According to Mahabharata, the Kurukshetra war resulted in the death of all the hundred sons of Gandhari. On the night before Duryodhana’s death, Krishna visited Gandhari to offer his condolences. Gandhari felt that Krishna knowingly did not put an end to the war, and in a fit of rage and sorrow, Gandhari cursed that Krishna, along with everyone else from the Yadu dynasty, would perish after 36 years. Krishna himself knew and wanted this to happen as he felt that the Yadavas had become very haughty and arrogant (adharmi), so he ended Gandhari’s speech by saying “tathastu” (so be it).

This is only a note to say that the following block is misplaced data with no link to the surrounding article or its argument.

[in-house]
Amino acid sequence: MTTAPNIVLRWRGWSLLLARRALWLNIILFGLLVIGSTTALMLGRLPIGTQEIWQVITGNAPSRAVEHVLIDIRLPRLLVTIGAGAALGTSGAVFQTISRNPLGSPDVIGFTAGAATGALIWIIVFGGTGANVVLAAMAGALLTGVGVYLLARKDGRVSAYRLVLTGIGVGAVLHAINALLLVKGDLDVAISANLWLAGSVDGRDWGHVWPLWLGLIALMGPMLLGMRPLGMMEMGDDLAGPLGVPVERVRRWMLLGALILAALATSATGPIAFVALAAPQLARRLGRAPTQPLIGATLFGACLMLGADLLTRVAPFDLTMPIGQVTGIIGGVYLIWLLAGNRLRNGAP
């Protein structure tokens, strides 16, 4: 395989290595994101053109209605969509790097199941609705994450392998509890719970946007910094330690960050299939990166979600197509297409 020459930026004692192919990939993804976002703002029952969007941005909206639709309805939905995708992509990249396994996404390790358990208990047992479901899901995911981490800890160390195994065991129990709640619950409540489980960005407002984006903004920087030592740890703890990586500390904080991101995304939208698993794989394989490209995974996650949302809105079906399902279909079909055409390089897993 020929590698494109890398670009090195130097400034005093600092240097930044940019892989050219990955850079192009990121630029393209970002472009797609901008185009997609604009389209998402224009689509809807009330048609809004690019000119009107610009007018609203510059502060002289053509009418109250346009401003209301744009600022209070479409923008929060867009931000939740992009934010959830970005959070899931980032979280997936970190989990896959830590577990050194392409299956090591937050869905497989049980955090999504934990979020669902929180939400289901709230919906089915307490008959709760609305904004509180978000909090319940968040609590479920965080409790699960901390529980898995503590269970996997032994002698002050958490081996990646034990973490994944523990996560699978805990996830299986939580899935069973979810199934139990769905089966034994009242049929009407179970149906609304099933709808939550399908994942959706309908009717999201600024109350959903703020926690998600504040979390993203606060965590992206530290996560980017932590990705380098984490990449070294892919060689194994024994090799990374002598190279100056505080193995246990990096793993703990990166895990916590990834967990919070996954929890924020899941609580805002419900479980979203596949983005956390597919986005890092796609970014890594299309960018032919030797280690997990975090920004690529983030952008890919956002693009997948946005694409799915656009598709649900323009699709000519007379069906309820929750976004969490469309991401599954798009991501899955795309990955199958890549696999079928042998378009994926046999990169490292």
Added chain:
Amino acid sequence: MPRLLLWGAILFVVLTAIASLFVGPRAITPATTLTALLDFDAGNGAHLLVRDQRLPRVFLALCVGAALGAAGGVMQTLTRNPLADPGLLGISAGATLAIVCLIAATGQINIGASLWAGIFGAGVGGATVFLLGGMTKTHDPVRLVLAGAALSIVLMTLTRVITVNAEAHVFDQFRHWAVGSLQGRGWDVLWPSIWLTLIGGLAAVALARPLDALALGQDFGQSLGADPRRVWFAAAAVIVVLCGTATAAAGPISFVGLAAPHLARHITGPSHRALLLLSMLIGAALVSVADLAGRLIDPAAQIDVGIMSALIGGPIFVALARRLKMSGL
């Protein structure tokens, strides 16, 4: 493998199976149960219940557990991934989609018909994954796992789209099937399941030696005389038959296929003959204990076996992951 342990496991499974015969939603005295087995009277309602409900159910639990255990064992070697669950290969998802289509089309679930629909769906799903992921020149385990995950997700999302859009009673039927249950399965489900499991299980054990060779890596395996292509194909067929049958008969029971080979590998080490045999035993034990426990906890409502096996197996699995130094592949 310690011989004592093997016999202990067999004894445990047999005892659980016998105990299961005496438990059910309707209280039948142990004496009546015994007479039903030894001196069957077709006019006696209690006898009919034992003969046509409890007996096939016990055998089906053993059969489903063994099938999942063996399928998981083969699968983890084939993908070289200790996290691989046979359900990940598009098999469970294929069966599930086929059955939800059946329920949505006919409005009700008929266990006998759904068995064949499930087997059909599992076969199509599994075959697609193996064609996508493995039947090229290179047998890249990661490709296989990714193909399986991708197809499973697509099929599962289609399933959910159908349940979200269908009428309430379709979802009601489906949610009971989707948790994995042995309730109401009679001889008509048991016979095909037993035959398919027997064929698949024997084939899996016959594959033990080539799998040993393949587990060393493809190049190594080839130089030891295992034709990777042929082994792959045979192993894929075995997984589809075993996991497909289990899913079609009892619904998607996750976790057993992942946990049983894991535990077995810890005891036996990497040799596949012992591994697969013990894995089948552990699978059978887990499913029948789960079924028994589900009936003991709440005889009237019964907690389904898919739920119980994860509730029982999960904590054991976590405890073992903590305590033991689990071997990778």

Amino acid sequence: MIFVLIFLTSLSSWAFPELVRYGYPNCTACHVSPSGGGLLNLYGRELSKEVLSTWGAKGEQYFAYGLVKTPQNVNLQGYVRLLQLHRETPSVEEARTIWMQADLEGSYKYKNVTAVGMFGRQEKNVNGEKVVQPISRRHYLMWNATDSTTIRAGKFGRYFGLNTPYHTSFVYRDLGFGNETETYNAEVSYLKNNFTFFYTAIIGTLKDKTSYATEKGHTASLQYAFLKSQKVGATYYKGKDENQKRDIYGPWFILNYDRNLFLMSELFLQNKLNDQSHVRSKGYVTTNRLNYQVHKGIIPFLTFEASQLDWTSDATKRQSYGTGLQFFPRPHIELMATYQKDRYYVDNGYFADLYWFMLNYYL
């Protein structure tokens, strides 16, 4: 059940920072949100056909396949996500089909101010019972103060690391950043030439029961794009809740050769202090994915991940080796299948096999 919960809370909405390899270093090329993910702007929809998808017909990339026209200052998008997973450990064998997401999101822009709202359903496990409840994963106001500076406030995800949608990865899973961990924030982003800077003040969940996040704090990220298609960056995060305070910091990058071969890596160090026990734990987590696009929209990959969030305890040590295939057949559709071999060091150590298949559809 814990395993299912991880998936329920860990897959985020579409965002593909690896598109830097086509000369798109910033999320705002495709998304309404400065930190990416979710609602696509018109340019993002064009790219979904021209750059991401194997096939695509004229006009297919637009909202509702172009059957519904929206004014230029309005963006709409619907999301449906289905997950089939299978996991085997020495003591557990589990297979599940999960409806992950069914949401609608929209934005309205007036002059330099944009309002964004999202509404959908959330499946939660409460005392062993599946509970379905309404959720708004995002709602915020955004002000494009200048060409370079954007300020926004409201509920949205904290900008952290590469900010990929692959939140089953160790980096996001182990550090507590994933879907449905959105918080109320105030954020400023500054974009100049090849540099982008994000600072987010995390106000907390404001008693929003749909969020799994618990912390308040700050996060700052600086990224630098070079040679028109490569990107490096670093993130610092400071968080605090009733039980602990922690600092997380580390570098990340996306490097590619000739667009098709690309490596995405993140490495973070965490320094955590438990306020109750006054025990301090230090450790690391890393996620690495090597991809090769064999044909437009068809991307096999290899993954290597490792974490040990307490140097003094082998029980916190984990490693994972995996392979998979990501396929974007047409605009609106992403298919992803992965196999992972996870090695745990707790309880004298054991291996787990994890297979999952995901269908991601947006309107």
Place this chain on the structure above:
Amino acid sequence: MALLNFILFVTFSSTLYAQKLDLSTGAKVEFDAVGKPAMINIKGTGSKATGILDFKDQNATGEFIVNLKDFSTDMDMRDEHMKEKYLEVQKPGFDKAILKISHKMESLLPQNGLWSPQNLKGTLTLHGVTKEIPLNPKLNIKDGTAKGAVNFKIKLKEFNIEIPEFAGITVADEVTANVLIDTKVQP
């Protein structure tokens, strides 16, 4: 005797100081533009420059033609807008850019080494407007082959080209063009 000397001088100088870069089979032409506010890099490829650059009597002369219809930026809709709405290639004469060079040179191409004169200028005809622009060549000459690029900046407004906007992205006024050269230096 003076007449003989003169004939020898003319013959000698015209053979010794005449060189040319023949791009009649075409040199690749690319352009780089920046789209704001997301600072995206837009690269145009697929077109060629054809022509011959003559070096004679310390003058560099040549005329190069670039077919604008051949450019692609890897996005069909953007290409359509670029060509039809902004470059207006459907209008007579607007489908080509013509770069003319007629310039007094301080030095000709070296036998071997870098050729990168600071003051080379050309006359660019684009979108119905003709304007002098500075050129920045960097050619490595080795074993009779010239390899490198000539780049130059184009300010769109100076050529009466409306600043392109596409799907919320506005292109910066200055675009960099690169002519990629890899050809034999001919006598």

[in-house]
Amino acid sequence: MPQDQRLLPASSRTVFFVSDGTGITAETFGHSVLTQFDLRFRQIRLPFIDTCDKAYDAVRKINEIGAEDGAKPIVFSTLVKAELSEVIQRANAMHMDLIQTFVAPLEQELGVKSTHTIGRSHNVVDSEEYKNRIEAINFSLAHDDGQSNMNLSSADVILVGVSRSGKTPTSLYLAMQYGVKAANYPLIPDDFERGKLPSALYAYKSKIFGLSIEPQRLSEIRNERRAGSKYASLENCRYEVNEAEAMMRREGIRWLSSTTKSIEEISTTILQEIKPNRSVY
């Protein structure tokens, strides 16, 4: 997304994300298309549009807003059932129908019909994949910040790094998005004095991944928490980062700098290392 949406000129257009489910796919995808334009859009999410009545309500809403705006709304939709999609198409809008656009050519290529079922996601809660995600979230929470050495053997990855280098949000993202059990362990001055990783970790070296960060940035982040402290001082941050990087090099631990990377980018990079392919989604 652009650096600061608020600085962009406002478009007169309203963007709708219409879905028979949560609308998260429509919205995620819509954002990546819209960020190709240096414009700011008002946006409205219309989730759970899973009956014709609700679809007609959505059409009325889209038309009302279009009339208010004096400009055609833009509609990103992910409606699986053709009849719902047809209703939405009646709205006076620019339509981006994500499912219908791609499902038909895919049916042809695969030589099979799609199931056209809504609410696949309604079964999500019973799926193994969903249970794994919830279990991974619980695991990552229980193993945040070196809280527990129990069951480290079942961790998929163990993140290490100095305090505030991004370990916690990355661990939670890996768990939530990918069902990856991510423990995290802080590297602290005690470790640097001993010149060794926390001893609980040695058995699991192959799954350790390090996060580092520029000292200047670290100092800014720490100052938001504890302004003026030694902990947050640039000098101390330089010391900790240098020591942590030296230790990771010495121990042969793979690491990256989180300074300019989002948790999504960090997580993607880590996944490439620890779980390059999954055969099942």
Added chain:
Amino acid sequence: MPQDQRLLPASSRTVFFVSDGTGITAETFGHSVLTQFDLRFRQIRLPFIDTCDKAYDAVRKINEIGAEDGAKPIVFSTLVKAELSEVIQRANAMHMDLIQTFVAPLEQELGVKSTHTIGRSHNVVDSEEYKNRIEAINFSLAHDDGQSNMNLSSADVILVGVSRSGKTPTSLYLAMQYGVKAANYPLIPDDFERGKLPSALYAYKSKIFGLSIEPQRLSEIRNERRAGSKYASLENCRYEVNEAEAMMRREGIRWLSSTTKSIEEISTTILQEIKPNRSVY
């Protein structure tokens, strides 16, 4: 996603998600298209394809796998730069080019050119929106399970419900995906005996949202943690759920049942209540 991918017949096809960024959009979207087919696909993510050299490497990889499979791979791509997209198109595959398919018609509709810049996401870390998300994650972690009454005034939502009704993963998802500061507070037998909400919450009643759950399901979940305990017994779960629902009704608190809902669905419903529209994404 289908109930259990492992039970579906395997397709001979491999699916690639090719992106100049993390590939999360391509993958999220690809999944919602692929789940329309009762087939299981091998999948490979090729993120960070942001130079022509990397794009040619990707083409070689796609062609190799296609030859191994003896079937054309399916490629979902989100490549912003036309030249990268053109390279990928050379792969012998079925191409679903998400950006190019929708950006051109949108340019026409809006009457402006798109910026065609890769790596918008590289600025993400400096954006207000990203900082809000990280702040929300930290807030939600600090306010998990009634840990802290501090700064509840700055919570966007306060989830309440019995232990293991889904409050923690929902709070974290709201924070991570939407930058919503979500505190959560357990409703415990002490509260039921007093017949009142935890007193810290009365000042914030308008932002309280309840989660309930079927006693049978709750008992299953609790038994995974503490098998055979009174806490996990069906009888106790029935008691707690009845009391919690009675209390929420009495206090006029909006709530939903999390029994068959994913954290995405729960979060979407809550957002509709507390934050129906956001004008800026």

After 36 years passed, a fight broke out between the Yadavas, at a festival, who killed each other. His elder brother, Balarama, then gave up his body using Yoga. Krishna retired into the forest and started meditating under a tree. The Mahabharata also narrates the story of a hunter who becomes an instrument for Krishna’s departure from the world. The hunter Jara, mistook Krishna’s partly visible left foot for that of a deer, and shot an arrow, wounding him mortally. After he realised the mistake, While still bleeding, Krishna told Jara, “O Jara, you were Vali in your previous birth, killed by myself as Rama in Tretayuga. Here you had a chance to even it and since all acts in this world are done as desired by me, you need not worry for this”. Then Krishna, with his physical body ascended back to his eternal abode, Goloka vrindavan and this event marks departure of Krishna from the earth. The news was conveyed to Hastinapur and Dwaraka by eyewitnesses to this event. The place of this incident is believed to be Bhalka, near Somnath temple.